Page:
Network - Fall 2011 - (Page 34)

O Legal Source Working OVERTIME By Stuart Rudner he concept of “working overtime” and an employer’s corresponding obligations are among the most misunderstood within the employment law world. There are many myths and misconceptions that abound, both amongst workers, HR professionals, and lawyers. Unfortunately, the result is that many employees do 34 O T not fully understand their rights, and many employers needlessly expose themselves to unnecessary liability. Every jurisdiction establishes its own regulations regarding hours of work. These regulations address things such as the minimum amount of time between shifts, the maximum amount of time worked without a break, and the maximum amount of time that an employee can be required to work in a day or in a week. They also address which employees are eligible for overtime pay, when they will be entitled to it, or time off in lieu, and how they are to be compensated. In Alberta, overtime is calculated on both a daily and a weekly basis.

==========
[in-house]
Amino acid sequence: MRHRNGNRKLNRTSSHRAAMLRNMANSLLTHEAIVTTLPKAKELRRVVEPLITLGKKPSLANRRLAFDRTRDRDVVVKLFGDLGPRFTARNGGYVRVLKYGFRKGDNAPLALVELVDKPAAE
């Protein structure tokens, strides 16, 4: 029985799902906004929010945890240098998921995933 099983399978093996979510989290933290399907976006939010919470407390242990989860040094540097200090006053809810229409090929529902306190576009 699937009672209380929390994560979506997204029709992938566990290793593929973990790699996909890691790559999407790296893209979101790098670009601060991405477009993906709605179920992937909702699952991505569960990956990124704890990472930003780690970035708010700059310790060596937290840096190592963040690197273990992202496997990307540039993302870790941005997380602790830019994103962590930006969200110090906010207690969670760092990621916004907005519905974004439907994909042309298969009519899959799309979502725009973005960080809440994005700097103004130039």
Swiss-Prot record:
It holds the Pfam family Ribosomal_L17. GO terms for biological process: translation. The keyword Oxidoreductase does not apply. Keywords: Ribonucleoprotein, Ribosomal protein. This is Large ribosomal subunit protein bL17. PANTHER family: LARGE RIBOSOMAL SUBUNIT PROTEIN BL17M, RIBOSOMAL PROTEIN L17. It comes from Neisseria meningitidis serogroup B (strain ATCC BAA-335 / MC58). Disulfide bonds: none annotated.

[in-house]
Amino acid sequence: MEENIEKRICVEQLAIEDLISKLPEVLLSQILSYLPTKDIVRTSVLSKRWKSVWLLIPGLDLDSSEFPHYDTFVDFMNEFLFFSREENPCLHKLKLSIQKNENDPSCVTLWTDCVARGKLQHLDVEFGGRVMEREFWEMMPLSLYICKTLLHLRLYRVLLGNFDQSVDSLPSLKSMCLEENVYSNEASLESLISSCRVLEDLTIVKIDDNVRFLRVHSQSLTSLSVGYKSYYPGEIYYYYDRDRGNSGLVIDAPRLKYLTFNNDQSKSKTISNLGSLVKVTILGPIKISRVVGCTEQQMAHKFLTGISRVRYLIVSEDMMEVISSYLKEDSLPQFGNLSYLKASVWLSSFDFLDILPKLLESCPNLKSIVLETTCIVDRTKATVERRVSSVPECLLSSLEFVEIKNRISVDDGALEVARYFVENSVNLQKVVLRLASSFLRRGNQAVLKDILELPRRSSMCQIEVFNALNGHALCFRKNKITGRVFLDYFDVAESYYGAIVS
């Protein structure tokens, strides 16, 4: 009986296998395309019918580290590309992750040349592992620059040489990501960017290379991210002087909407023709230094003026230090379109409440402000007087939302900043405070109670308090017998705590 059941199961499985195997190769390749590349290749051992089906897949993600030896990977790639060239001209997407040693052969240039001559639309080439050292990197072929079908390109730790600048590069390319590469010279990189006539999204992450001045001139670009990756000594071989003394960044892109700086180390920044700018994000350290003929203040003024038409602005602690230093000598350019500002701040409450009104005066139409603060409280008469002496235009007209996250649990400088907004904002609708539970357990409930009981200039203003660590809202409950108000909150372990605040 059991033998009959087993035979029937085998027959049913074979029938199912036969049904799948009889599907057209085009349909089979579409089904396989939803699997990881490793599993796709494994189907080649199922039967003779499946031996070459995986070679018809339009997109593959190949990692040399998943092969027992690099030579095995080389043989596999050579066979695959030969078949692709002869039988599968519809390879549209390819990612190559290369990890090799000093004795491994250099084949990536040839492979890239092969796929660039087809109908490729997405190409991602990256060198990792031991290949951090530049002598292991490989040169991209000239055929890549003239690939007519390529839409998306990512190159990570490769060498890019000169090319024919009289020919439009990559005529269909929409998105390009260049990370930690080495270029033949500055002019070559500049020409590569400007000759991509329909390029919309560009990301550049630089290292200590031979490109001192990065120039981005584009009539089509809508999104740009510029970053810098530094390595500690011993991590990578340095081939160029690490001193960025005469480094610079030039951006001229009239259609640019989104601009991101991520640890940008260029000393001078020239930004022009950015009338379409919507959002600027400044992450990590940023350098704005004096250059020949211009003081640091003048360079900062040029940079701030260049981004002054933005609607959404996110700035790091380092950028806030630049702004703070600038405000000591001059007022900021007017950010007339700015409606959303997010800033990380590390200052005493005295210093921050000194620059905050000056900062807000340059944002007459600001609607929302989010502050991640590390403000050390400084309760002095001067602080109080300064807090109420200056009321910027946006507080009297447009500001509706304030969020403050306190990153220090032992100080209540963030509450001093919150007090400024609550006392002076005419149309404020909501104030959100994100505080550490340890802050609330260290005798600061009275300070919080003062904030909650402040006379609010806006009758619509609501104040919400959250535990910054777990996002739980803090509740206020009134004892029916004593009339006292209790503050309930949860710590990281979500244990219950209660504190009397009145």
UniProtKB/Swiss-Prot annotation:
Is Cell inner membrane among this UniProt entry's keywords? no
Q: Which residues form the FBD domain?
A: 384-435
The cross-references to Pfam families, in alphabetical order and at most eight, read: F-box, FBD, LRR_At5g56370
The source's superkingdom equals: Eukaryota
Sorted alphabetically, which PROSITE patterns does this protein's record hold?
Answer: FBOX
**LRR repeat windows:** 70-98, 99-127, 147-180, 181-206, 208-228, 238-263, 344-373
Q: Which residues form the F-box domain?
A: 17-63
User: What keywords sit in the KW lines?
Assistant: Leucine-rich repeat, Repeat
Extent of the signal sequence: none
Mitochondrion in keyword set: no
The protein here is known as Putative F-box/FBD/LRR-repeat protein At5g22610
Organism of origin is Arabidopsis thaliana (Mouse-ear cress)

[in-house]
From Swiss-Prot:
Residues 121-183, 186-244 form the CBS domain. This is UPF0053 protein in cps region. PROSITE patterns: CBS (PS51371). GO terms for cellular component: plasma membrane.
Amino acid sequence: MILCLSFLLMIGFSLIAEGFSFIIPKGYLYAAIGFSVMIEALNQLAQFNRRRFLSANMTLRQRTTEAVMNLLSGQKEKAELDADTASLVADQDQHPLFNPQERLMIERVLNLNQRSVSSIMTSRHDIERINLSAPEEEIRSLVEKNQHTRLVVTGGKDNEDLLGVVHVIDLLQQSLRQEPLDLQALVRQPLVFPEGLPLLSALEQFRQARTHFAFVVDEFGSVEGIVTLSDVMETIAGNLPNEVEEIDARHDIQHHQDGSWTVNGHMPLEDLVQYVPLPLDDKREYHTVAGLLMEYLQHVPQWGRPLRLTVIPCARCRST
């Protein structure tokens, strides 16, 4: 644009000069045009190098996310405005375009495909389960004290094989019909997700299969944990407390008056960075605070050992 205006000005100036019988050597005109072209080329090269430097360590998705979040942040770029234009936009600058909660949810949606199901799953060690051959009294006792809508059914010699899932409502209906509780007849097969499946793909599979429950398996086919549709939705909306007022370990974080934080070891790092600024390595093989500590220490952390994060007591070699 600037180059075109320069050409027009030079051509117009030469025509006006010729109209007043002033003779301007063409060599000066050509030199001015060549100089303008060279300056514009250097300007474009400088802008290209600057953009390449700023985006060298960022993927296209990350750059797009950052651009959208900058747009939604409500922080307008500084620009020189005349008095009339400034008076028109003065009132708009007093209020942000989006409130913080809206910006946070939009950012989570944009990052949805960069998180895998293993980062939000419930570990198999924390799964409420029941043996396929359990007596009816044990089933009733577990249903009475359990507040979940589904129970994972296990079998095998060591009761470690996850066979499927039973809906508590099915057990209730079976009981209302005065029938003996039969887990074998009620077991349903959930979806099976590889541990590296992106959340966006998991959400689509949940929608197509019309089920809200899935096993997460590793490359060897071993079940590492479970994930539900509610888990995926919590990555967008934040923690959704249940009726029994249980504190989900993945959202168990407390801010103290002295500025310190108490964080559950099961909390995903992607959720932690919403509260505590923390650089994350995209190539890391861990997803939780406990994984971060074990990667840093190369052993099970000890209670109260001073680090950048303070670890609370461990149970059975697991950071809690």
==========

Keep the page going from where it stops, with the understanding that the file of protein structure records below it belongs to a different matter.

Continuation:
Table of Contents for the Digital Edition of Network - Fall 2011

HRIA Chair’s Message
HRIA Membership
The Bully Wears Heels
Workplace of Respect — Addressing Violence & Bullying
Cyber-Bullying — A Workplace Issue
Workplace Bullying: North America’s Silent Epidemic
Workplace Bullying — An Employer’s Obligations
Seeing the Warning Signs — Domestic Violence in the Workplace
Legal Source
Ask Field Law
The HR Office True-life Tales from the HR Profession
Index of Advertisers

Network - Fall 2011